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High Income Flight

A Siena College study shows 44 Percent of Six-Figure Earners in NYC Have Considered Relocating.

The study also says 80% of those living in the city make $100,000 or more.

If 44% of 80% consider leaving, that is 35.2% of the total population.

Key Findings

  1. Of New York City residents who earn $100,000 or more annually, 44% have considered moving out of the city in  the past four months. Looking ahead, 37% say that it is at least somewhat likely that they will not be living in the city within the next two years.
  2. More than two-thirds (69%) are “not confident that New York City will be back to normal anytime soon,” while just 28% believe that the city “will weather this crisis, and things will be back to normal soon.” 
  3. Respondents from Staten Island are especially pessimistic: 89% say that they are not confident in a timely return to normalcy. 
  4. Some 80% of New Yorkers earning six-figure salaries or higher believe that economic activity in the city will take longer than a year to recover, and just 20% say that the economy will return to normal in the next 12 months. 
  5. Older respondents are more pessimistic about the recovery, with 89% of those 65 years and older expecting recovery to be more than a year away
  6. Only 38% of New Yorkers surveyed said that quality of life now was excellent or good, a drop by half, from 79% before the pandemic. Most believe that the city has a long road to recovery: 69% say that it “will take longer than a year” for quality of life to return to normal.
  7. 75% of respondents cited income taxes as a problem, while 72% pointed to traffic and 68% to the reliability of public transportation. 
  8. The greatest concern of all was the likelihood of coronavirus spread, with 90% saying that it posed a problem for them. 
  9. Among respondents with children who attend public school in New York City, more than half (53%) said that they are very concerned about sending them back to school, including 76% of black respondents. Those in the Bronx (72%) are warier of sending their children to reopened physical schools than those in Manhattan (40%). 
  10. Income taxes appear to be a bigger concern for respondents than property taxes (75% to 60%, respectively, saying that these taxes are at least somewhat serious problems). Even for these New Yorkers earning six-figure salaries and above, 89% cite cost of living as a problem.

Governor Cuomo Begs Rich New Yorkers to Return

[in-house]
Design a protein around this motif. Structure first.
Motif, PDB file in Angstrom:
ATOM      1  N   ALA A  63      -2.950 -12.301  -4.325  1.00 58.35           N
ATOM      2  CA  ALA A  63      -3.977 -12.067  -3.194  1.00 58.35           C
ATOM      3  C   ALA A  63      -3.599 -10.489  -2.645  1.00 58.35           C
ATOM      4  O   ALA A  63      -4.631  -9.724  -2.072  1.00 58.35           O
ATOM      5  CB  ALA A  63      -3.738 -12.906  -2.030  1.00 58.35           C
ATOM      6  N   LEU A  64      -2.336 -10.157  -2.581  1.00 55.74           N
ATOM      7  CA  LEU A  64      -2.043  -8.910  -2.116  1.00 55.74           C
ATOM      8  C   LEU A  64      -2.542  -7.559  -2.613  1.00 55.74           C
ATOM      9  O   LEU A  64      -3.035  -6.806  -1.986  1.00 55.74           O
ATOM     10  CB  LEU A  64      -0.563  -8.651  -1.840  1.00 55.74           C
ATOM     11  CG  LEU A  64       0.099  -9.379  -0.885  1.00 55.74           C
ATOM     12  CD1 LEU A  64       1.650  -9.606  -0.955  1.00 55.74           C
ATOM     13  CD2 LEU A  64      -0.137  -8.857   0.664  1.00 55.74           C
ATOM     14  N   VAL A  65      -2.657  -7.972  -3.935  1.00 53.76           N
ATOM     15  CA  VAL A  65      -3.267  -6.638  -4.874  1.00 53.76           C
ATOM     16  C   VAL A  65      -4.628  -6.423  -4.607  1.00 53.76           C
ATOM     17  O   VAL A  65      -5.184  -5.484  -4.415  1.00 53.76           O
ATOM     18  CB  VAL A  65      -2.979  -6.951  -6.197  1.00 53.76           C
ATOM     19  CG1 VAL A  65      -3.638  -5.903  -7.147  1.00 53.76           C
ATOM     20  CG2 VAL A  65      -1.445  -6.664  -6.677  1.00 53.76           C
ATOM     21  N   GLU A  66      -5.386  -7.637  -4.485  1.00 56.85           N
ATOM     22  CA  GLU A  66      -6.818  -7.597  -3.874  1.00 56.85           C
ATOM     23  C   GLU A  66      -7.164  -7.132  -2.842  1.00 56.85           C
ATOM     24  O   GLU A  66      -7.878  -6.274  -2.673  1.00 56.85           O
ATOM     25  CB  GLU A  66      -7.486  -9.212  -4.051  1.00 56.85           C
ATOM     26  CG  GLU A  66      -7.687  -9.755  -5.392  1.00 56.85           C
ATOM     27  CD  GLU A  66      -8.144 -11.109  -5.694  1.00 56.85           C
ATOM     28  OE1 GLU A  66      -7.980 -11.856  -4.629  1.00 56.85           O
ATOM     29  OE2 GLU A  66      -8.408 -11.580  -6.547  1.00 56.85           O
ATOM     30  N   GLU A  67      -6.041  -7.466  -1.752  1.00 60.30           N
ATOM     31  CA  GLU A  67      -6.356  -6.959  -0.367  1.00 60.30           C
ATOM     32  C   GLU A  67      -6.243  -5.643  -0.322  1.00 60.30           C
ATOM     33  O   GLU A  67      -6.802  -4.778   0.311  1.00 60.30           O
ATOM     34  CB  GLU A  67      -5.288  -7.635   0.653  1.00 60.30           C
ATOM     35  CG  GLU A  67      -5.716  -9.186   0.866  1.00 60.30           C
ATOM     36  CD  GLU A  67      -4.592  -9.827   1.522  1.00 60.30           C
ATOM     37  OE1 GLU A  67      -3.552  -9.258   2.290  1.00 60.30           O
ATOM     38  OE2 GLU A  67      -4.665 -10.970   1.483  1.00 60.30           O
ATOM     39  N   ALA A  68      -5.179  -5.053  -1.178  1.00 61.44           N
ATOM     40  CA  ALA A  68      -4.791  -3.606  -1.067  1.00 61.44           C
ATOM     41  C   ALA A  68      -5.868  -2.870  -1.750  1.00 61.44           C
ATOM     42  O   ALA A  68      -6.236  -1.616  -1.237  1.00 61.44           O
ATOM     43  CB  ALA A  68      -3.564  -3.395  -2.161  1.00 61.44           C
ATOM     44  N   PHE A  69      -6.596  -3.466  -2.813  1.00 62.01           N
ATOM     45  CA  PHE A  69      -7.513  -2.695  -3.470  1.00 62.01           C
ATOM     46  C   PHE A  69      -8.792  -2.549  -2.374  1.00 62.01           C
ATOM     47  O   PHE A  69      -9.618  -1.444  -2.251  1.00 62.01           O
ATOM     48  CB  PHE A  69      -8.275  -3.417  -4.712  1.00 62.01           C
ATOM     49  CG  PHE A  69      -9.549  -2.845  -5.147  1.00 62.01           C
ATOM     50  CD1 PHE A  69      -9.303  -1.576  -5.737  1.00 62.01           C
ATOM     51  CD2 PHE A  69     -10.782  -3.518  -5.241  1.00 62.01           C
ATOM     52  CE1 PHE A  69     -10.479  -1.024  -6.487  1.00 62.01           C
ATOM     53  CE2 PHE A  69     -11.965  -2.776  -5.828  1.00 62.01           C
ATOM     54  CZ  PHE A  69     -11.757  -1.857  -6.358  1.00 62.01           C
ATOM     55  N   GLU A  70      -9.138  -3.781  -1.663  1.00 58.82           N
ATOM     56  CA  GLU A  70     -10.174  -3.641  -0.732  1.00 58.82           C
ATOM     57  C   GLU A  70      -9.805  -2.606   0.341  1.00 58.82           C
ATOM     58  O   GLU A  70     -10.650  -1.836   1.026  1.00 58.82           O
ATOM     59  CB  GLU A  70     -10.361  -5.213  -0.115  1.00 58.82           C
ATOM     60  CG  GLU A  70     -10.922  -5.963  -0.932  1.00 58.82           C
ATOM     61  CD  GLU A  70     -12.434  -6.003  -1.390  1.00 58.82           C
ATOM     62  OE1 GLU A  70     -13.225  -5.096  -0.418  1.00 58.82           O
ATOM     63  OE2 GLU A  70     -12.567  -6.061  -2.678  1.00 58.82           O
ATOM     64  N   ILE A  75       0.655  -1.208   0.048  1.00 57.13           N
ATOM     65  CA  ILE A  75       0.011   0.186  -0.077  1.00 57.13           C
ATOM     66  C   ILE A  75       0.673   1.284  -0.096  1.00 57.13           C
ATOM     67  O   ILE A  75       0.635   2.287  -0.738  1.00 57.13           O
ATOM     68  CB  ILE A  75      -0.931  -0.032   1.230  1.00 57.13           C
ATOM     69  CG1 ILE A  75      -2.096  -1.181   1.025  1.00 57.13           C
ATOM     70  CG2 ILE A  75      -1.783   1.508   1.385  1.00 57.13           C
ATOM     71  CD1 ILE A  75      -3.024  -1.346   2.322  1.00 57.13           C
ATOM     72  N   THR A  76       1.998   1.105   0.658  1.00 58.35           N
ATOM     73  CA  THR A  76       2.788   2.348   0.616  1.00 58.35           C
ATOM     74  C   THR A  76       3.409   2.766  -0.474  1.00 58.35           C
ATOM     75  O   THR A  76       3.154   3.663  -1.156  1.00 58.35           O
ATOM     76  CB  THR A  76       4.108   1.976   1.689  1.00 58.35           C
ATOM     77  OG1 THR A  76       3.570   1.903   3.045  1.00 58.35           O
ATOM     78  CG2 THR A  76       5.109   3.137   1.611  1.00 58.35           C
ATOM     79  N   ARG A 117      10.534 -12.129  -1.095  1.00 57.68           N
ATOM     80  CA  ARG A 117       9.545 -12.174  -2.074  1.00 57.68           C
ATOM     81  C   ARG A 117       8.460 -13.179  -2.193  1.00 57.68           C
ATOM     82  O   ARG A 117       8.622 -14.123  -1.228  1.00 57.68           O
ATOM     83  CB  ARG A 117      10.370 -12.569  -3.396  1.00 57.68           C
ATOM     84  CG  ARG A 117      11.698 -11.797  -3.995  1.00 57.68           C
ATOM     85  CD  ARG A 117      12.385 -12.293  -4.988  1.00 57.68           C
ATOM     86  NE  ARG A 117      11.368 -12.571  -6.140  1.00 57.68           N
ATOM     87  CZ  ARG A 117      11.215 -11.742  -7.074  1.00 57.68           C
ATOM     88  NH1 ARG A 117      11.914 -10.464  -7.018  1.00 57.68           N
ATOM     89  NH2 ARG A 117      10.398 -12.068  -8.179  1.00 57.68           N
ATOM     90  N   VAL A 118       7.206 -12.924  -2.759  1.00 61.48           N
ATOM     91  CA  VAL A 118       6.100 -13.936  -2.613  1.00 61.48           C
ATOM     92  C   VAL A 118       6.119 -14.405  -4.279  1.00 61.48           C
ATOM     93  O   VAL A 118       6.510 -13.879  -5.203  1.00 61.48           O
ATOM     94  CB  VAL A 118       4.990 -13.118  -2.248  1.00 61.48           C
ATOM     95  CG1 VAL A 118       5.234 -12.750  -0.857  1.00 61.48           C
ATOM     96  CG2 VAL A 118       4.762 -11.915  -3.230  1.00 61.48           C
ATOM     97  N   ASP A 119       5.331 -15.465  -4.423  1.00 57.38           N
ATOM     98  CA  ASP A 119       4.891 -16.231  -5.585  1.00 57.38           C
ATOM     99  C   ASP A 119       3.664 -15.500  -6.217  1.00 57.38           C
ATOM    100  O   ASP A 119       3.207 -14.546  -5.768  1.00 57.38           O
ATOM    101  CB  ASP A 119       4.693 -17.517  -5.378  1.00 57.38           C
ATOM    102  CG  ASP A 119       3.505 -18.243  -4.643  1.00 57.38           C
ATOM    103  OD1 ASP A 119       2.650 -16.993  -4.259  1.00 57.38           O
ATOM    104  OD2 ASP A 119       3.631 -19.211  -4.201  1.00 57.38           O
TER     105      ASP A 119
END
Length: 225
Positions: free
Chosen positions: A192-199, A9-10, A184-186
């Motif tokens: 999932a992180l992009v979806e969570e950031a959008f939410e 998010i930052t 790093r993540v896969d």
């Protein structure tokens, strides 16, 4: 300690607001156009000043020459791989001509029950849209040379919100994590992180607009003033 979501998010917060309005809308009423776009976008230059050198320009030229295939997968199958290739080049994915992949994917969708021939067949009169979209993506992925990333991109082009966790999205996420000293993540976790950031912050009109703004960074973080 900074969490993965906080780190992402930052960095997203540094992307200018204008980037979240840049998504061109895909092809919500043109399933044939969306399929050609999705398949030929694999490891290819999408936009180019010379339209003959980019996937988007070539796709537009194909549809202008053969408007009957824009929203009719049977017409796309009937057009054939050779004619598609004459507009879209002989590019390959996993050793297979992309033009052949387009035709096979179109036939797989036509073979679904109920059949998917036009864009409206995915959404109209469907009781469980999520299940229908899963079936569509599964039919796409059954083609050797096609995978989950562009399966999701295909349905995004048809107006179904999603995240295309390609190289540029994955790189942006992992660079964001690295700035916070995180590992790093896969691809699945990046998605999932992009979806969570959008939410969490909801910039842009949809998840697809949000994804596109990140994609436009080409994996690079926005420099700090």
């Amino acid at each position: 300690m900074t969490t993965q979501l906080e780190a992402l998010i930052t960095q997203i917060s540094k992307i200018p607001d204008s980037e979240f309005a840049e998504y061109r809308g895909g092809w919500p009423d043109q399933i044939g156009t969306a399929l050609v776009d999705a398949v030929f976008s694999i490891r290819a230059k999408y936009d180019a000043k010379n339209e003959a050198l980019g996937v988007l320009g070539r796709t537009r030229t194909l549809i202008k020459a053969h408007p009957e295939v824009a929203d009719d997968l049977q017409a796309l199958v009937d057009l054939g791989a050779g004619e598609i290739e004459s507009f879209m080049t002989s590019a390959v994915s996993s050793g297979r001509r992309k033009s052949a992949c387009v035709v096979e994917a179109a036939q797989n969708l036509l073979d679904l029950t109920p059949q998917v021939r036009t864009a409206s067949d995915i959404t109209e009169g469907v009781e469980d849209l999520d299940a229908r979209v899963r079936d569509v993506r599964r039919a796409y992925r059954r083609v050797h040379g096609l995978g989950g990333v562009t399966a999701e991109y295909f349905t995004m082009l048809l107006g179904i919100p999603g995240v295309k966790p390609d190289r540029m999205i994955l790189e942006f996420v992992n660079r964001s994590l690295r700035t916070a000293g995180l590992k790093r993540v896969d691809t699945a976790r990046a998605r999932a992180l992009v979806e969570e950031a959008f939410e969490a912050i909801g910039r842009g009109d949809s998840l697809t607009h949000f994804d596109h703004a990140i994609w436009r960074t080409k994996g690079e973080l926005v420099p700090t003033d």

In an effort to get wealthy New Yorkers to return, Governor Andrew Cuomo says ‘Come over, I’ll cook!’

“I literally talk to people all day long who are now in their Hamptons house who also lived here, or in their Hudson Valley house, or in their Connecticut weekend house, and I say, ‘You got to come back! We’ll go to dinner! I’ll buy you a drink! Come over, I’ll cook!’

“They’re not coming back right now. And you know what else they’re thinking? ‘If I stay there, I’ll pay a lower income tax,’ because they don’t pay the New York City surcharge,” he added, noting the wealthiest 1 percent of the Empire State’s population picks up roughly 50 percent of the state’s tax burden.

NYC Mayor Says ‘I Am Not Going to Beg’

In sharp contrast to governor Cuomo, NYC mayor Bill de Blasio says ‘I Am Not Going to Beg’.

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In a briefing from City Hall, de Blasio for a second day in a row sneered at Gov. Cuomo’s suggestion that the Big Apple’s ballooning deficit can only be bridged if rich people who fled at the outset of the pandemic come back and start paying taxes again.

“I am not going to beg anybody to live in the greatest city in the world.”

De Blasio also reiterated his demand for taxing wealthy New Yorkers at a higher rate and said the most “fair” period in American history was in the high-taxed aftermath of World War II.

“We saw much less income inequality,” he said. “We had the model right.”

The Right Model

De Blasio, a true progressive nutcase, wants a 90% income tax rate. 

If he tried that at the city level rather than nationally most of NYC would vacate.

Modern Income Tax

The Modern Income Tax started in 1913 at a modest 1% rate.

By 1918  it was 77% to finance WWI which the US should never have been involved in.

In the name of "fairness" President Franklin D. Roosevelt idiotically proposed a 100% tax on all incomes over $25,000.

In the wake of WWII marginal rates got as high as 94% on incomes above $200,000.

Rates have generally been falling since 1964 when the top rate was lowered to 70%.